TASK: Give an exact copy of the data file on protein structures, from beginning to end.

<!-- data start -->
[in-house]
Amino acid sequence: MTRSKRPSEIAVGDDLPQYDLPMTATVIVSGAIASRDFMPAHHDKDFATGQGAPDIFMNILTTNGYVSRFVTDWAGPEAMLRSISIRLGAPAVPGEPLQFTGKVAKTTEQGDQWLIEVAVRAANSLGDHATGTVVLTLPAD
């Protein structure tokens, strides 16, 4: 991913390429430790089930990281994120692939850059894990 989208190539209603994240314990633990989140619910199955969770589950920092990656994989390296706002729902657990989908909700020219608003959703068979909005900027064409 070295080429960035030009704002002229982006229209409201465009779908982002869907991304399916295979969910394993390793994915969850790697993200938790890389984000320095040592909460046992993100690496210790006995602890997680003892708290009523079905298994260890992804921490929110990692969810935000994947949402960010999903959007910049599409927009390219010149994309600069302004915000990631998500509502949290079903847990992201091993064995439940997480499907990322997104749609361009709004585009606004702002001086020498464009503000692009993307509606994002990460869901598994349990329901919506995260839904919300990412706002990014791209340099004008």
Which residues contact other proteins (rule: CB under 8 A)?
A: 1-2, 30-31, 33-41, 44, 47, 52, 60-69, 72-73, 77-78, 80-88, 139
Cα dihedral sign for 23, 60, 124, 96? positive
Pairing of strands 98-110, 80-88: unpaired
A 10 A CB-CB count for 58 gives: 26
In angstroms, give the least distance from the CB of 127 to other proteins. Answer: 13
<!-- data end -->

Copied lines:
[in-house]
Amino acid sequence: MTRSKRPSEIAVGDDLPQYDLPMTATVIVSGAIASRDFMPAHHDKDFATGQGAPDIFMNILTTNGYVSRFVTDWAGPEAMLRSISIRLGAPAVPGEPLQFTGKVAKTTEQGDQWLIEVAVRAANSLGDHATGTVVLTLPAD
């Protein structure tokens, strides 16, 4: 991913390429430790089930990281994120692939850059894990 989208190539209603994240314990633990989140619910199955969770589950920092990656994989390296706002729902657990989908909700020219608003959703068979909005900027064409 070295080429960035030009704002002229982006229209409201465009779908982002869907991304399916295979969910394993390793994915969850790697993200938790890389984000320095040592909460046992993100690496210790006995602890997680003892708290009523079905298994260890992804921490929110990692969810935000994947949402960010999903959007910049599409927009390219010149994309600069302004915000990631998500509502949290079903847990992201091993064995439940997480499907990322997104749609361009709004585009606004702002001086020498464009503000692009993307509606994002990460869901598994349990329901919506995260839904919300990412706002990014791209340099004008």
Which residues contact other proteins (rule: CB under 8 A)?
A: 1-2, 30-31, 33-41, 44, 47, 52, 60-69, 72-73, 77-78, 80-88, 139
Cα dihedral sign for 23, 60, 124, 96? positive
Pairing of strands 98-110, 80-88: unpaired
A 10 A CB-CB count for 58 gives: 26
In angstroms, give the least distance from the CB of 127 to other proteins. Answer: 13